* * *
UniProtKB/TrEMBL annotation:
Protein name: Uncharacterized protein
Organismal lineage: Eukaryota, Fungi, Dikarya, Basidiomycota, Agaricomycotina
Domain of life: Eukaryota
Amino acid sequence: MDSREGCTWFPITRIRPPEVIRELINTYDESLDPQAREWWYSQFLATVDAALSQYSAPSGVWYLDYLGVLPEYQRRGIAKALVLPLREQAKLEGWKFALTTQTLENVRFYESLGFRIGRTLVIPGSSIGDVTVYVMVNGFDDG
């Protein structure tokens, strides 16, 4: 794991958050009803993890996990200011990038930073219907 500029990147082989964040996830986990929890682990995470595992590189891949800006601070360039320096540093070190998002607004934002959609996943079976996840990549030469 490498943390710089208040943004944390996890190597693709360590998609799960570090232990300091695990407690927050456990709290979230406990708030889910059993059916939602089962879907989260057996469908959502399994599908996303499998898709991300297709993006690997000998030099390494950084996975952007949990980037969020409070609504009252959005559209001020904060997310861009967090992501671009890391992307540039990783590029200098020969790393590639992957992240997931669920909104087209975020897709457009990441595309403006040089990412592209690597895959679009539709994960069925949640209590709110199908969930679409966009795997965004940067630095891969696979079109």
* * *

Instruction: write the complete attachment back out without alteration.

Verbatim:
UniProtKB/TrEMBL annotation:
Protein name: Uncharacterized protein
Organismal lineage: Eukaryota, Fungi, Dikarya, Basidiomycota, Agaricomycotina
Domain of life: Eukaryota
Amino acid sequence: MDSREGCTWFPITRIRPPEVIRELINTYDESLDPQAREWWYSQFLATVDAALSQYSAPSGVWYLDYLGVLPEYQRRGIAKALVLPLREQAKLEGWKFALTTQTLENVRFYESLGFRIGRTLVIPGSSIGDVTVYVMVNGFDDG
């Protein structure tokens, strides 16, 4: 794991958050009803993890996990200011990038930073219907 500029990147082989964040996830986990929890682990995470595992590189891949800006601070360039320096540093070190998002607004934002959609996943079976996840990549030469 490498943390710089208040943004944390996890190597693709360590998609799960570090232990300091695990407690927050456990709290979230406990708030889910059993059916939602089962879907989260057996469908959502399994599908996303499998898709991300297709993006690997000998030099390494950084996975952007949990980037969020409070609504009252959005559209001020904060997310861009967090992501671009890391992307540039990783590029200098020969790393590639992957992240997931669920909104087209975020897709457009990441595309403006040089990412592209690597895959679009539709994960069925949640209590709110199908969930679409966009795997965004940067630095891969696979079109």